Shrubs or small trees, often spiny and with a covering of silver, gold or brown scales or starshaped hairs. Leaves alternate or whorled (opposite in Shepherdia), simple, entire, leathery; stipules absent. Flowers bisexual, regular, occasionally unisexual or polygamodioecious, solitary or in small clusters. Sepals mostly (2-)4(-8), edge to edge in bud, often petal-like. Petals absent. Stamens attached in throat, alternating with and once or twice the number of sepals. Lobed nectary disk in the throat. Ovary superior, 1 chamber with 1 ovule, 1 style. Fruit a berry- or drupe-like achene containing a single seed.
This family is often considered closely related to the Proteaceae, with reduced or absent petals and a single carpel.
Grown mostly as hedges and as border plants for the unusual silver- and gold-scaled foliage. Shepherdia argentea (Pursh.) Nuttall, Silver Buffalo Berry, from N America, is occasionally grown for its silvery leaves and red and yellow berries. Hippophae rhamnoides L., Sea Buckthorn, from Eurasia, is resistant to salt spray and is occasionally grown as a shrub or small tree for the unusual narrow grey leaves and yellow fruits.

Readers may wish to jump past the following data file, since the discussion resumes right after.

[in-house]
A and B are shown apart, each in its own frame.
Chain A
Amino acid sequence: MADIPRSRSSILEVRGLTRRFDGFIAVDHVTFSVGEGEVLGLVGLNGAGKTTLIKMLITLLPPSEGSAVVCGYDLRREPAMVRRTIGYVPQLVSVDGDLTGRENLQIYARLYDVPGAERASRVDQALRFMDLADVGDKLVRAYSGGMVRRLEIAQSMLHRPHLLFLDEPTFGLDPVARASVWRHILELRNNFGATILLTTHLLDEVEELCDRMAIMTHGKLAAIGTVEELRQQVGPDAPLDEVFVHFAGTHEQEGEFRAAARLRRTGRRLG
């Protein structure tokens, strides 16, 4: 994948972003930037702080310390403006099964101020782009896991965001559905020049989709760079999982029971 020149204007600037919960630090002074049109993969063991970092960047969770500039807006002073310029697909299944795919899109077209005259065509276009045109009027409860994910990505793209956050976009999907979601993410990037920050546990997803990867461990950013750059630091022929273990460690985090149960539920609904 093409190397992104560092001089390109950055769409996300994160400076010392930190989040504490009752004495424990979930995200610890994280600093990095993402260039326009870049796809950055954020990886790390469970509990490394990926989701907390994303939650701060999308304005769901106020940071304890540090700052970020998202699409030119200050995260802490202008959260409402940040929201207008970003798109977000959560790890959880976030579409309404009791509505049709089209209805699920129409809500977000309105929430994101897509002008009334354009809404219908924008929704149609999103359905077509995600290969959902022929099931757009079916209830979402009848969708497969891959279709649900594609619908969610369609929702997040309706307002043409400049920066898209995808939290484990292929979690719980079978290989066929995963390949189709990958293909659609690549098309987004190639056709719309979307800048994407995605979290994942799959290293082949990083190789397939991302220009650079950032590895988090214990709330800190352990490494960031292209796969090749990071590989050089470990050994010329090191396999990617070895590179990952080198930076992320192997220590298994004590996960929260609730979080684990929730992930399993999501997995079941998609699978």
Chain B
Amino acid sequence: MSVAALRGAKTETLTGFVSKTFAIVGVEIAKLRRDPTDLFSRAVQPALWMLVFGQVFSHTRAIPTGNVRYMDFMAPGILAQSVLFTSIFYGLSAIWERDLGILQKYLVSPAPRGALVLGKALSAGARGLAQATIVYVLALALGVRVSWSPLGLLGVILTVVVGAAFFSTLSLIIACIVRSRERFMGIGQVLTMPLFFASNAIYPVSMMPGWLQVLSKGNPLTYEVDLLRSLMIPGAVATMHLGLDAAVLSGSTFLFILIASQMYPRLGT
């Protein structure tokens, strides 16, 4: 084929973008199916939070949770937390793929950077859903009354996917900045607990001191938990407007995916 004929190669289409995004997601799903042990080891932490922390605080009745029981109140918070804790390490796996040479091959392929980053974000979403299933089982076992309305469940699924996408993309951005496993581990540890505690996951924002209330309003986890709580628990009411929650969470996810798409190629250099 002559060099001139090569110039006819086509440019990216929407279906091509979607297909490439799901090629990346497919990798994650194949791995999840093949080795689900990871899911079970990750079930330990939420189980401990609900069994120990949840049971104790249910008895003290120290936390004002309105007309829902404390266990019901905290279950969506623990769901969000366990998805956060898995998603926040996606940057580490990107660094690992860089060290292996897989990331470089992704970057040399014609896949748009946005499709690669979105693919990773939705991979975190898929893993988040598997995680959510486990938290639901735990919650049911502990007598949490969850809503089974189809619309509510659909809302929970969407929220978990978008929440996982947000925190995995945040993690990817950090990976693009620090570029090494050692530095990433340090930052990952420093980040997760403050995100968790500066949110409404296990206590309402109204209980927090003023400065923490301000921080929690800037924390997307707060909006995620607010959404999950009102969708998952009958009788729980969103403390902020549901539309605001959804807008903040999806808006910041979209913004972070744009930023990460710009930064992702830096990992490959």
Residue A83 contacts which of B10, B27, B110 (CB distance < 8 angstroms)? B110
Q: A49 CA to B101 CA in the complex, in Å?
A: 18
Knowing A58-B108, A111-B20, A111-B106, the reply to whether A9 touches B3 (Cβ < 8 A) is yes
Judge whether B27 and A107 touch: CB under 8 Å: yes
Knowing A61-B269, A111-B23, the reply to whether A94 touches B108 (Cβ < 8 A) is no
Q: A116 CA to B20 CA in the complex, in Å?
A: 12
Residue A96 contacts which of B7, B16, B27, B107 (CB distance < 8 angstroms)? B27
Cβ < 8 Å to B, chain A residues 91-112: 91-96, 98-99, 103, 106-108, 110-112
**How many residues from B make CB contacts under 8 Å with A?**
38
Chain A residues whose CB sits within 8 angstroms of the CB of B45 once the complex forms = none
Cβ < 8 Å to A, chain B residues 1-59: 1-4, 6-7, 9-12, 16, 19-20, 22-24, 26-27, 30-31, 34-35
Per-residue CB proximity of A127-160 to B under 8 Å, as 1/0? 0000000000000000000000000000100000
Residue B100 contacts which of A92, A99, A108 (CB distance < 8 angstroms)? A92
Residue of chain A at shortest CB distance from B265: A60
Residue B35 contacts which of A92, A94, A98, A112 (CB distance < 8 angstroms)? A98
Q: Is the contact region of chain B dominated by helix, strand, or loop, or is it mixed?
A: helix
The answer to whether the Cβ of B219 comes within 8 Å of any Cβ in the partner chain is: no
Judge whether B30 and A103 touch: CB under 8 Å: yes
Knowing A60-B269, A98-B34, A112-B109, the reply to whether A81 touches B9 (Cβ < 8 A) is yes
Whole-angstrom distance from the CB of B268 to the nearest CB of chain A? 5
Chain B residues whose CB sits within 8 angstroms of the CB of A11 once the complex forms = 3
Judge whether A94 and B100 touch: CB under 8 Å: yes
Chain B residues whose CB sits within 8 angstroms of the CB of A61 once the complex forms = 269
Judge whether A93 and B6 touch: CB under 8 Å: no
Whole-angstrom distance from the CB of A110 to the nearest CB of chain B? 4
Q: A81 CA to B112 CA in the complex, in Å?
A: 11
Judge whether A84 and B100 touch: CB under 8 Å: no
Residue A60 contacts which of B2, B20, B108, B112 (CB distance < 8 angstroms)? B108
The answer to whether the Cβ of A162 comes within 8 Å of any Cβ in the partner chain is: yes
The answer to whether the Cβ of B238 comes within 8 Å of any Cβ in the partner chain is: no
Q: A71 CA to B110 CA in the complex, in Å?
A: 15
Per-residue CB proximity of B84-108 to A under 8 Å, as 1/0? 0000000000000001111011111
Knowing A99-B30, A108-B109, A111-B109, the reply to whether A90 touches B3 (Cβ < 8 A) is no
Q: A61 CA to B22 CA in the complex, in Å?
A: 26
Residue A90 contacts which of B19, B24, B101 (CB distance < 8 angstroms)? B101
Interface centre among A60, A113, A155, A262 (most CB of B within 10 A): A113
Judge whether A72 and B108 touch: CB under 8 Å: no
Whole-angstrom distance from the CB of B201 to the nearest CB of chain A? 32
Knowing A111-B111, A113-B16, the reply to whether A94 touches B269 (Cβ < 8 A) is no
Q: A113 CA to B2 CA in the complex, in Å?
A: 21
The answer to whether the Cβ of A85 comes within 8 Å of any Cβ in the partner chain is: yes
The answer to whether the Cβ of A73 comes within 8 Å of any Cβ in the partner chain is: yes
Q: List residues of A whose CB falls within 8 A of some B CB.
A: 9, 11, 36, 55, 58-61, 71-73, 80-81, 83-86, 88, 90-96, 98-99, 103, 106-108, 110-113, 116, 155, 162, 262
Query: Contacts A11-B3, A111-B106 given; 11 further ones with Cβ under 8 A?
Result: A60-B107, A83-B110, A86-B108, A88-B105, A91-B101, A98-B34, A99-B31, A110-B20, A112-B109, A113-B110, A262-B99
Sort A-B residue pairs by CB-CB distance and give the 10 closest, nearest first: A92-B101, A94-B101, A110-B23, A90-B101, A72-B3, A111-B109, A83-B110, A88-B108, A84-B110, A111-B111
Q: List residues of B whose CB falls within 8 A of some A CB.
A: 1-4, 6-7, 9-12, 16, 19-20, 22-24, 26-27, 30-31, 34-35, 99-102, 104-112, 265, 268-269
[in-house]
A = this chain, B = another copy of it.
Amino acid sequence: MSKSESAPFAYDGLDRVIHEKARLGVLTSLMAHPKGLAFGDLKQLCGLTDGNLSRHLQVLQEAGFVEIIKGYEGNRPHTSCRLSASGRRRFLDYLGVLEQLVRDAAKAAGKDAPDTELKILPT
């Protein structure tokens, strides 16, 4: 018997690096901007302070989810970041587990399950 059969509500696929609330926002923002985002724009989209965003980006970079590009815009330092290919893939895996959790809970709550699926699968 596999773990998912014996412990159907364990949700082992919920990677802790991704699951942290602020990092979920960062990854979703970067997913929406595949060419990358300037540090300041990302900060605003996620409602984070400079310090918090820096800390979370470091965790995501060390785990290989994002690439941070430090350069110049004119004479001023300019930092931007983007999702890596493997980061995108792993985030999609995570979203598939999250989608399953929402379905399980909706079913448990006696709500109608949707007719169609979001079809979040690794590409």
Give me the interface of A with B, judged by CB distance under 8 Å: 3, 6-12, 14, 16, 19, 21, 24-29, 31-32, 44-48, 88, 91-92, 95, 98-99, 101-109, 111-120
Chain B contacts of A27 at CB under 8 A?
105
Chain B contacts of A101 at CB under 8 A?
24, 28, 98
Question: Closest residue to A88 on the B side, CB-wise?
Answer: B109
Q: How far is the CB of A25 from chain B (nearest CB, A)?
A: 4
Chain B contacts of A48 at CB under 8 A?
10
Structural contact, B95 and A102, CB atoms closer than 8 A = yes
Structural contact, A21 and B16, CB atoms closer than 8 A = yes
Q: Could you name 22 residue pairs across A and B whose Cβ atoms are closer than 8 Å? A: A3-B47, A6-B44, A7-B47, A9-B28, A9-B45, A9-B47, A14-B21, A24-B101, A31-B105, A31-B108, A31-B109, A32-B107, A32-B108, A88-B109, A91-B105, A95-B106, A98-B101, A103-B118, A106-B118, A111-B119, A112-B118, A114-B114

3 genera and about 50 species from temperate and warm northern hemisphere, S Asia and Australia (1 species in N Australia), mostly from coastal and steppe regions.
Fruits of some species are edible, those of some Shepherdia species being used to make jellies, preserves or eaten dry, smoked or as a sauce. The wood of H. rhamnoides is sometimes used commercially.
Plants generally covered with silvery or golden scales.
Source: (2002). Elaeagnaceae. In: . Horticultural Flora of South-eastern Australia. Volume 3. Flowering plants. Dicotyledons. Part 2. The identification of garden and cultivated plants. University of New South Wales Press.